Fun Phonics

We have so much fun with phonics in Nursery! We explore and learn all 7 aspects of Phase One phonics which focuses primarily on developing speaking and listening skills. Speaking and Listening are two key skills that create strong foundations for children's future learning. 

Aspect 1-General sound discrimination (environmental sounds)


The aim of this aspect is to raise children's awareness of the sounds around them and to develop their listening skills. Our activities include listening walks, drumming on different items outside and comparing the sounds, playing sound lotto games and making shakers. 

Aspect 2-General sound discrimination (instrumental sounds)


This aspect aims to develop children’s awareness of sounds made by various instruments and noise makers. Activities include comparing and matching sound makers, playing instruments alongside a story and making loud and quiet sounds.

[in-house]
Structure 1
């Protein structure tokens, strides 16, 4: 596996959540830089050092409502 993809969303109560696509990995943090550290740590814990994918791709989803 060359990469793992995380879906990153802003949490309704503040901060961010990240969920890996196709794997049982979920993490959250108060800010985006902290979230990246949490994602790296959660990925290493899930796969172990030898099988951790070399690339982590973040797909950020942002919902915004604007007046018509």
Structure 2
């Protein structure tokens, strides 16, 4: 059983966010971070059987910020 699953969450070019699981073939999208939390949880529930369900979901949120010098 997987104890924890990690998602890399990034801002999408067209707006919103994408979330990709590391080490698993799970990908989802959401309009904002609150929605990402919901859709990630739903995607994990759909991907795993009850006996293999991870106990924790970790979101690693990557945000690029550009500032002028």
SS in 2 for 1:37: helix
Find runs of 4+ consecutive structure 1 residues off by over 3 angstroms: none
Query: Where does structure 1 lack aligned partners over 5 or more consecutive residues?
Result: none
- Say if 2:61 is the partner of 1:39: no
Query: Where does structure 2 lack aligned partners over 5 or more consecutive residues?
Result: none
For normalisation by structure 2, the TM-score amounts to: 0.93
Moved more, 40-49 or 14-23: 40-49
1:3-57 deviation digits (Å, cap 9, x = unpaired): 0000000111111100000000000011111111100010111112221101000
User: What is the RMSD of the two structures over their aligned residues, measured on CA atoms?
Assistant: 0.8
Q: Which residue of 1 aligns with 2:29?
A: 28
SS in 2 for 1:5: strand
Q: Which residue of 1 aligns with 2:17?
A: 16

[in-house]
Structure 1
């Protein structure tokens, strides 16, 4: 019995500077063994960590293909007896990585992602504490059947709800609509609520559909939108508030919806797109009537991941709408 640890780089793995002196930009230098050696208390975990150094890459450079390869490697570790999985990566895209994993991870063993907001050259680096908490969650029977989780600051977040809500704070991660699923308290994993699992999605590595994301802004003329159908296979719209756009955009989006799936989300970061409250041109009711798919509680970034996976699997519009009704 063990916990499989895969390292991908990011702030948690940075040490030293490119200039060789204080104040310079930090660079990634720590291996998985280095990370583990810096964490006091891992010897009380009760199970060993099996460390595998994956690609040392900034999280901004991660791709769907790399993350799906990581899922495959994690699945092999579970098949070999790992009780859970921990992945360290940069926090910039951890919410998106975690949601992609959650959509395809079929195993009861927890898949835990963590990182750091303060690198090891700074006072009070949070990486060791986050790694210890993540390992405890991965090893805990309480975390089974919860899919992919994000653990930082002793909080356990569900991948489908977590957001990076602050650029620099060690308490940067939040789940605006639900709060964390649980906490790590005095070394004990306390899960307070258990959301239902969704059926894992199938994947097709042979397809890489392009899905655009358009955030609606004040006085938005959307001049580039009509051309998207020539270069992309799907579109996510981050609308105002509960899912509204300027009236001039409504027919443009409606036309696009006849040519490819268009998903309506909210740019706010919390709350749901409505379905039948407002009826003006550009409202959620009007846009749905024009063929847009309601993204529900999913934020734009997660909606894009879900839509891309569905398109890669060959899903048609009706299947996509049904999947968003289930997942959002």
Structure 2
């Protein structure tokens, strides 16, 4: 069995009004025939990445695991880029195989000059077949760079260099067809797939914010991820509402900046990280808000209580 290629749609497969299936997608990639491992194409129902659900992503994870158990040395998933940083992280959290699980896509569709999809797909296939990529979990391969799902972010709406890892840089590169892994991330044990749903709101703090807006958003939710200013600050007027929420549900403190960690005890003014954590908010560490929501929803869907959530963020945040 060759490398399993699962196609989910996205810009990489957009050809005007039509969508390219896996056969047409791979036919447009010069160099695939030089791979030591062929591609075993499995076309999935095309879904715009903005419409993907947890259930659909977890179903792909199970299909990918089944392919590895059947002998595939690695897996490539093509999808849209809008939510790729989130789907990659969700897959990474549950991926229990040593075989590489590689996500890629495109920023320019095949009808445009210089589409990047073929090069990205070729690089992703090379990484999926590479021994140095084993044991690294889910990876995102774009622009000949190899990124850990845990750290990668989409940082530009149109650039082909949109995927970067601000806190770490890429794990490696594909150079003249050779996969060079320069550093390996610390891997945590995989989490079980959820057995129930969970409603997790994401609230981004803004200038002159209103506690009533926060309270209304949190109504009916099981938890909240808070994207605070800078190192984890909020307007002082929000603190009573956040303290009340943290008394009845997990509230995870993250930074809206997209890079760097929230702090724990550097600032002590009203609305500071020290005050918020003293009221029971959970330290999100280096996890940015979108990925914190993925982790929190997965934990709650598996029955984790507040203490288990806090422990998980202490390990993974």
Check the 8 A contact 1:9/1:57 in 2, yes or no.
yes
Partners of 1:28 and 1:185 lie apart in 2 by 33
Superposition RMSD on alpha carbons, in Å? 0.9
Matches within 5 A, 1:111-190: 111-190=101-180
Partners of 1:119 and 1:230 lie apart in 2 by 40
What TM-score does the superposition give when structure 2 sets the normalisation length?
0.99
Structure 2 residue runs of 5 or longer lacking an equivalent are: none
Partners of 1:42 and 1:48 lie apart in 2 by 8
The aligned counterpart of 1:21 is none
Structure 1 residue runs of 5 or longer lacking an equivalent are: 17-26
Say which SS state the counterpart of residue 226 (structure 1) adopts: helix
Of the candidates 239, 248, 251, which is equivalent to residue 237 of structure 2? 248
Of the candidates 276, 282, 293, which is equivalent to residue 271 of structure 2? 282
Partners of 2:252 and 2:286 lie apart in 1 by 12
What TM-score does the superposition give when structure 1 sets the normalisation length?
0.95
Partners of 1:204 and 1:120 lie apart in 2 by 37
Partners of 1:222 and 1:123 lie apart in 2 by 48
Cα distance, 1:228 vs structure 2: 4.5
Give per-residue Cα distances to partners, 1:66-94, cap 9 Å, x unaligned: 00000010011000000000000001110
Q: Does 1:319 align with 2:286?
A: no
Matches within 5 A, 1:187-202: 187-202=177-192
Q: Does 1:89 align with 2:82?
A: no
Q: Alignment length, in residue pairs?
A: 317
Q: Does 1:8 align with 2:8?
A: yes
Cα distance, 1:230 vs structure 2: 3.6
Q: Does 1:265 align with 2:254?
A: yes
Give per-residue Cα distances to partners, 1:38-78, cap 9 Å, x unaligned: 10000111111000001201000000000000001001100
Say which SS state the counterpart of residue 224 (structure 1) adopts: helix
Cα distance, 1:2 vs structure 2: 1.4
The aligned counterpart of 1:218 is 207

Aspect 3-General sound discrimination (body percussion) 


The aim of this aspect is to develop children’s awareness of sounds and rhythms. Activities include singing songs and action rhymes, listening to music and developing a sounds vocabulary.

Aspect 4-Rhythm and rhyme 


This aspect aims to develop children’s appreciation and experiences of rhythm and rhyme in speech. Activities include rhyming stories, rhyming bingo, clapping out the syllables in words and odd one out.

Aspect 5-Alliteration 


The focus is on initial sounds of words, with activities including I-Spy type games and matching objects which begin with the same sound.

Aspect 6-Voice sounds


The aim is to distinguish between different vocal sounds and to begin oral blending and segmenting. Activities may include Metal Mike, where children feed pictures of objects into a toy robot’s mouth and the teacher sounds out the name of the object in a robot voice – /c/-/u/-/p/ cup, with the children joining in.

Aspect 7-Oral blending and segmenting 


In this aspect, the main aim is to develop oral blending and segmenting skills.

To practice oral blending, the teacher could say some sounds, such as /c/-/u/-/p/ and see whether the children can pick out a cup from a group of objects. For segmenting practise, the teacher could hold up an object such as a sock and ask the children which sounds they can hear in the word sock.